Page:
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The Underwater Game

It’s great to streamline like the elites, but is it right for you?

Scott Bay | May 3, 2017

Swimmers and coaches have been intrigued with how much faster streamlined (or submerged) dolphin kicking can be than swimming on the surface since David Berkoff’s performance at the 1988 Olympic Games led to a rule change regarding how far swimmers could go underwater.

Swimmers who are great at SDK, or underwaters, gain a huge advantage, as we’ve seen in many elite and high-level Masters races, but that doesn’t mean following their lead is the best step for you. Here are a few questions to ask yourself before vowing to become an awesome SDKer.

  • Are you a good kicker? It’s a skill and like any other, there’s a range of skill levels. Some swimmers are amazing kickers and some aren’t. If you’re not a great kicker, your time might be better spent working on your kick before developing a killer SDK.
  • Do you have a pressing need for oxygen? It’s unfair—many people who have great underwaters are super-efficient and their bodies don’t seem to require as much oxygen, or they absorb and deliver oxygen to the muscles more efficiently than the rest of us. These attributes make it easier for them to have good underwaters. Your muscles need oxygen for fuel so make sure they get it.
  • How much time are you willing to devote to getting better at underwaters? We’re all adults and if you want to spend more time working on your stroke rather than your SDK, it’s probably a good idea to do so. Don’t let anyone shame you into doing something that’s frustrating or might even be unsafe for you.

After you’ve answered these questions, you can put together a plan for determining your best underwater distance off each wall.

Finding the right distance

During a swim of 100 yards or more, with a push start, your time underwater off the first wall will be longer, with each successive underwater becoming shorter. This is because you get more fatigued as the swim progresses. Here’s how to find a good underwater distance for you:

  • Swim a 100-yard freestyle and use your best SDKs off all the walls. Count your swimming strokes for the two middle 25s. If they’re the same, then the length you traveled underwater on those two 25s might indicate your ideal breakout point—when you should surface and start swimming.
  • Swim another 100-yard freestyle. Only this time, get to that same ideal breakout point when you push off for the first 25 by coming up a little sooner, even though you’re fresh and could stay under longer. And on the last 25, even if you’re fatigued, try to get to that point before breaking out.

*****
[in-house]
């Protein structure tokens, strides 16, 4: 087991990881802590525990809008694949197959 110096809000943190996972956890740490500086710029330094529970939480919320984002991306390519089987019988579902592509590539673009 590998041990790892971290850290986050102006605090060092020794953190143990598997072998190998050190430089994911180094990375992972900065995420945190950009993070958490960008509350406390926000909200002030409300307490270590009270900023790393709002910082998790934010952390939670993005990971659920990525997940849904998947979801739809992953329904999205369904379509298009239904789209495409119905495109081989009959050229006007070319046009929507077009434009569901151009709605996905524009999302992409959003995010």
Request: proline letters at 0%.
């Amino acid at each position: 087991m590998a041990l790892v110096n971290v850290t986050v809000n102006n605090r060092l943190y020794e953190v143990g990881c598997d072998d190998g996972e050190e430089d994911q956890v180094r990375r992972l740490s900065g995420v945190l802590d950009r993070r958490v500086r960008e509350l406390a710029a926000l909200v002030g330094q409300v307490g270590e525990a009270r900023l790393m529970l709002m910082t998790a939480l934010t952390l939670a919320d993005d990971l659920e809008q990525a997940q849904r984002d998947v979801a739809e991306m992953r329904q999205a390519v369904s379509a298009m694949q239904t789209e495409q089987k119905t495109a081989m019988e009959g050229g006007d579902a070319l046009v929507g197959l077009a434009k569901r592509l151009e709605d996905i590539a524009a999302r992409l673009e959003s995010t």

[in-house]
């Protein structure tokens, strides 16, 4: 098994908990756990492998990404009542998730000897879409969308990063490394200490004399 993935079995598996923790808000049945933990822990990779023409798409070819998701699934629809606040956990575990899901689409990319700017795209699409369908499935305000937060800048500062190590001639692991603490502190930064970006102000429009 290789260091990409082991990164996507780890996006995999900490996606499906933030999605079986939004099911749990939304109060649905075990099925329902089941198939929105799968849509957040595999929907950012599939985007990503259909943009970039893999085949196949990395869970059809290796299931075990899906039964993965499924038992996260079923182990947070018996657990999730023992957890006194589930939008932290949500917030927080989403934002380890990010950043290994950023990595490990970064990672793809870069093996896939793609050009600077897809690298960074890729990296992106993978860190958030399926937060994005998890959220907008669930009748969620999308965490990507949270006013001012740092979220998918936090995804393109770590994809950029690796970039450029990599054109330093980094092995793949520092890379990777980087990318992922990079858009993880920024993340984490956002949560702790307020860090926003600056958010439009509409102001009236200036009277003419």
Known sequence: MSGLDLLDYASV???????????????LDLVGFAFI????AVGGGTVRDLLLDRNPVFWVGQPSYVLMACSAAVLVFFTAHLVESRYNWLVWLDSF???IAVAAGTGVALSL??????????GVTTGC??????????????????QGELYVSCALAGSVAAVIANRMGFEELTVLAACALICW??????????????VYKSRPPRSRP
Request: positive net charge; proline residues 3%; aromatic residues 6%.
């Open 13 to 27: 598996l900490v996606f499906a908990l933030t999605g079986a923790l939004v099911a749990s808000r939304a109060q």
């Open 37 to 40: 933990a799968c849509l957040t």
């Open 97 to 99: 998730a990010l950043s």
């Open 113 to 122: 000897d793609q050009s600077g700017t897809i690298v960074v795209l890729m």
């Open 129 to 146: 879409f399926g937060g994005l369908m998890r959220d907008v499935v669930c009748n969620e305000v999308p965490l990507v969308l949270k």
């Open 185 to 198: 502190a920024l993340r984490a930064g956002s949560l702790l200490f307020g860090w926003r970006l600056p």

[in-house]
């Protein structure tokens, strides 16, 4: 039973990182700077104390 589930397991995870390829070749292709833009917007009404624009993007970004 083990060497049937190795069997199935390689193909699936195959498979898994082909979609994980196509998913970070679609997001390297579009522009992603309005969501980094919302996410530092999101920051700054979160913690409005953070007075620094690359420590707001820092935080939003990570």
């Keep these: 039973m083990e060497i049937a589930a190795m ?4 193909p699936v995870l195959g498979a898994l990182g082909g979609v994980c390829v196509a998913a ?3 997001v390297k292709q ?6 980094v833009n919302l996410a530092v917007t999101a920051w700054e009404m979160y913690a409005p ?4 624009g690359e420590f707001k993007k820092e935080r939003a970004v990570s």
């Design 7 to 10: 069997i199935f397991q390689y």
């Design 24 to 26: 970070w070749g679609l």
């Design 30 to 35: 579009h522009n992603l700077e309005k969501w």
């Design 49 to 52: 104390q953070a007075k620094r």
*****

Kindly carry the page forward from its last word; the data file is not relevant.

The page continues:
• Repeat this process to get a good feel for your ideal distance. If you’re a distance swimmer, do longer repeats and pay special attention to the middle 50 percent of the swims.
  • Have a friend or coach videotape you. This will help you determine if you’re spearing up through the water and coming to a stop on your breakout or breaking out too far underwater.

Listen to your body. There’s a tendency to emulate those we think do things well. Your body has a way of giving you feedback as to what’s right for you, so don’t try to be somebody else. Challenge yourself but also play to your strengths. Try new things and seek out the advice of a coach or a knowledgeable swimmer to help you on your journey. But always remember: it’s your journey and when it comes to the most advanced swimming techniques, you may be better off defying conventional wisdom.

USMS Wave Seperator

About the Author—Scott Bay

Scott Bay is a USMS-certified Masters coach and an ASCA Level 5 coach and has been actively coaching and teaching swimming since 1986 to swimmers of all ages. The Masters swimmers he currently coaches include national champions, All Americans, and world record holders, who have swum to more than 300 Top 10 swims and 30 world records in just the past 5 years. Throughout his career Bay has taught thousands how to swim or how to swim better. He’s also written numerous articles on technique and coaching and contributed to USMS’s coach certification curriculum. Bay presents at clinics across the country and has written an instructional book, “Swimming Steps to Success.” (Human Kinetics, 2015). Bay is the past chair of the USMS Coaches Committee, and the Head Coach of YCF Masters.

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